A Mile in Their Shoes
See the full project at SyracusePedestrianRoutes.com.
Syracuse Pedestrian Routes was developed by John Cardone as an urban infrastructural intervention that commemorates the invisible journeys of Syracuse residents, especially those of the Near West Side, a historically impoverished and underserved neighborhood. The project aims to give locals and visitors a sense of what it's like to survive in a city like Syracuse, NY without owning a car. After over 3 months of research, surveys, and field studies with residents, the artist developed a semi-official pedestrian transit system, complete with a map and trail markers. By reading the map, and by walking the routes it reveals, participants can discover what its like to walk home to the Near West Side.
A Mile in Their Shoes, Syracuse NY, 2013
To see more about this project, click here.
“Syracuse Pedestrian Routes: A Mile in Their Shoes” is an urban infrastructural intervention that commemorates the invisible journeys of Syracuse residents while providing new ways to experience the city and the Near West Side neighborhood.
In the mid 1950's, New York State constructed the infamous I-81 interstate highway which, after joining with 690, leveled much of the existing city including the 15th Ward. Ten years later, in attempts to make an “Expressway Loop” around the downtown, the state created West Street and later Adams St., both designed to shuttle drivers as quickly as possible from their downtown offices to their suburban dwellings. Bolstered by a newly found mobility, people began to move out of the city, taking with them their wealth, their investment, and their taxes. In two fell swoops, the state had effectively transformed Syracuse from a walking town to a driving town, creating physical barriers between the city and its two largest employers, SU and Upstate Medical, as well as a more imposing barrier between the downtown and the NWS.
Despite the city's general hostility towards its pedestrian inhabitants – cracking sidewalks, lack of traffic devices, high speed roads, and frigid winters – Syracusans will walk just about anywhere. Though the bus lines have grown considerably to accommodate the city's daily transit needs, there are hundreds of people who still prefer using their own two feet to get to work, school, or where ever else they need to go. In the Near West Side especially, where few buses venture and many do not own cars, there are hundreds of residents who spend many hours of each day in the city streets.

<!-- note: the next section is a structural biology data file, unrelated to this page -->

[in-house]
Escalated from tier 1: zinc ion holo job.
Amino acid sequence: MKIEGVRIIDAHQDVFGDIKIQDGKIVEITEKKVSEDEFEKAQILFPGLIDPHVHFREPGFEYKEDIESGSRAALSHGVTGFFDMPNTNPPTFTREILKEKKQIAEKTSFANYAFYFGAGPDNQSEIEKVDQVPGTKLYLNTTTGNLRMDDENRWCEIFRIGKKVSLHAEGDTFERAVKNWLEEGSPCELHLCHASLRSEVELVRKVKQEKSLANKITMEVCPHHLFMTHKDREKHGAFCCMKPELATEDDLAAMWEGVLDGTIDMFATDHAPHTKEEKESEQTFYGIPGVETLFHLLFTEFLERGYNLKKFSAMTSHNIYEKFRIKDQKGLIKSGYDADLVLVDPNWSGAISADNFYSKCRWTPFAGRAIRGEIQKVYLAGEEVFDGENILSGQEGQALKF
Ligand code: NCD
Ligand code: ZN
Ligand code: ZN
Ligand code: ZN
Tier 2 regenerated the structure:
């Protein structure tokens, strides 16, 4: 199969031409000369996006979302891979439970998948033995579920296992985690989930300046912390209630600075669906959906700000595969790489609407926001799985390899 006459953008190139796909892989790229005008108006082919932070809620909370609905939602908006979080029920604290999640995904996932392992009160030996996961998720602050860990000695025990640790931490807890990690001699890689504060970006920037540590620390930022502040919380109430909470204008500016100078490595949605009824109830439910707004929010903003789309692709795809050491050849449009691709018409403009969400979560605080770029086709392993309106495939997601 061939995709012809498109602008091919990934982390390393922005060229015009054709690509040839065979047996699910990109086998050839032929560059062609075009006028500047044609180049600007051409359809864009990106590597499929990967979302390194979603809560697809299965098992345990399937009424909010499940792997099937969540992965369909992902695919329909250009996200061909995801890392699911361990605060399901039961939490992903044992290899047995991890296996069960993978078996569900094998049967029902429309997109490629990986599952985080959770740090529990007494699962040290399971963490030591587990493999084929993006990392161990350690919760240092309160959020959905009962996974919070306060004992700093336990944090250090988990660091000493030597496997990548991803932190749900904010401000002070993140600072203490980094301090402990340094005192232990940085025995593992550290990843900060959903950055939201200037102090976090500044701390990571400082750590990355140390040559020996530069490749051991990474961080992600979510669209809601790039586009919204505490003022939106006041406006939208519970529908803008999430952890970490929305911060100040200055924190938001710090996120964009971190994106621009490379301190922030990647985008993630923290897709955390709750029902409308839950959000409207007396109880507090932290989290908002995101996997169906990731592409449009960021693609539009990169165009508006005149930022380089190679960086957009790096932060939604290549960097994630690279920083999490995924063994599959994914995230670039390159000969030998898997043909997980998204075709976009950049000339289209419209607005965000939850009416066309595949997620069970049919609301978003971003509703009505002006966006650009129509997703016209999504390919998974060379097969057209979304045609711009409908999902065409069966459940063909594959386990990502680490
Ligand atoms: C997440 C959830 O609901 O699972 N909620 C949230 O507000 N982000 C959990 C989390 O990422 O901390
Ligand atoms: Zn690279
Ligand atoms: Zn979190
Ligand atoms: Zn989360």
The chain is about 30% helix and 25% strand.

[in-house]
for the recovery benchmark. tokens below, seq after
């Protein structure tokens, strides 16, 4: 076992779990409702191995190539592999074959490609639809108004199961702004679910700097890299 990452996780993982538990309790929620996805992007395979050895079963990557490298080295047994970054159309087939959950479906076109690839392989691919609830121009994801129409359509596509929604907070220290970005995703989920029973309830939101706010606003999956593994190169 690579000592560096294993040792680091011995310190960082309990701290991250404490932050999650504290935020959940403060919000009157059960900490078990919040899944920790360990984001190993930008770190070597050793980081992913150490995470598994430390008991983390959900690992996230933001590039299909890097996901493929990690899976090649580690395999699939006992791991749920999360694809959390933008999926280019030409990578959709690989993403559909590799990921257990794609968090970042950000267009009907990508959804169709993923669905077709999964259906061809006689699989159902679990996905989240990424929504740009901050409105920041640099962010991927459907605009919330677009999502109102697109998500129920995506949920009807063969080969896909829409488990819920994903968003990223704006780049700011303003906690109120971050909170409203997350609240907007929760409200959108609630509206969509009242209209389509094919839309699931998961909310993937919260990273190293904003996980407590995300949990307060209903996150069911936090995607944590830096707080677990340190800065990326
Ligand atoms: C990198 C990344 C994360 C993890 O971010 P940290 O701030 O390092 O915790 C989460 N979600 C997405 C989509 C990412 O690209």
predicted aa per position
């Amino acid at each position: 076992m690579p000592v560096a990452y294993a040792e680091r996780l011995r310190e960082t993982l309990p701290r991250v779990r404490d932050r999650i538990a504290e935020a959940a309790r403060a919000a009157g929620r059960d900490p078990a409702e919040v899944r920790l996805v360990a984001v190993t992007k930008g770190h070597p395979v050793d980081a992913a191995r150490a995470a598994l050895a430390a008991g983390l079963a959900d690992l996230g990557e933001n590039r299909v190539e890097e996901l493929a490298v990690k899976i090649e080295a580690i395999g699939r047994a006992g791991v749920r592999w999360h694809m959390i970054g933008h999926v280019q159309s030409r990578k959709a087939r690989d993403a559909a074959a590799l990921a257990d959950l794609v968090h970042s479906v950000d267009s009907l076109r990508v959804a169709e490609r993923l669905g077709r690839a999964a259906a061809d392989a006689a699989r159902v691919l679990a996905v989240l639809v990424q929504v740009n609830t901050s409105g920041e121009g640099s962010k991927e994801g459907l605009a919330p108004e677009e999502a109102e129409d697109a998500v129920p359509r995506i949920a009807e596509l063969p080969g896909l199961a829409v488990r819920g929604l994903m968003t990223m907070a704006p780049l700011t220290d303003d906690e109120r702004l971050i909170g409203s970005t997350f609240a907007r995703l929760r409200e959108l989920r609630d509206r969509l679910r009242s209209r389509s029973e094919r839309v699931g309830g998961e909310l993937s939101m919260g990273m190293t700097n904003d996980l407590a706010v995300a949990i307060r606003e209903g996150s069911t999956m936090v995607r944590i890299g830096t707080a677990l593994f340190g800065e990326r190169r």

After two months of conducting surveys of the city's sidewalks, observations of rush-hour foot traffic, and dozens of interviews of Syracuse's pedestrian commuters, there have emerged twelve dominant pedestrian routes that members of the Near West Side community use to connect themselves with every walkable extremity of their city. The principle aim of this project was to apply these routes as colored lines of paint on the physical sidewalks and pedestrian trails of the city. Not only do these lines commemorate the invisible daily journeys of hundreds of Syracuse's citizens, they also serve as a guide to future pedestrians whom have yet to discover the variety and beauty of the city's street scape.
(Like most cities in the U.S., Syracuse owns all of its sidewalks but delegates their maintenance to the property owner. Unfortunately, a permit to paint such lines has been denied by the city with the only possible grounds for approval being the explicit permission of each and every property owner to whom each sidewalk pertains.)
We live surrounded by lines: property lines, county lines, zoning lines, treaty lines, gang lines, security lines, lines of jurisdiction, and lines of historical conflict. All of these lines are used to divide, to keep separate, and to distinguish by difference. By contrast, the pedestrian lines revealed by this project both cross borders and transcend boundaries. They link disparate neighborhoods, demographics, and social classes. By doing so, they subvert traditional boundaries and make visible an undeniable interconnectedness essential to the city and all society.
Although this project concerns the Near West Side it deliberately takes place in the entire city and, of course, in our minds. Although the NWS is by no means the poorest neighborhood in the state, nor even in the city, its role as the poster-child of post-industrial, rust-belt impoverishment can be largely attributed to its clearly visible and well defined borders: West St, W. Onandaga St, W. Fayette St, and S. Geddes St, as we imagine them. And although there are dozens of organizations and community groups hoping to improve the NWS, their greatest challenge will always be a lack of perspective. For as long as those with resources continue to view the neighborhood as separate from or other than their own, they will never be able to adequately understand it. For until we can call a place home and align our own interests with that of a place, until we become the subject of disadvantage and neglect, and until we can stand in our own two shoes on the paths that others have walked before us, we will never be able to clearly see the road to improvement.
It is the hope of this project that more people will begin to see the NWS as cohesive part of an integrated city. So pick up a map, go out to you favorite spot, and discover what its like to walk home to the Near West Side.
To see more about this project, click here.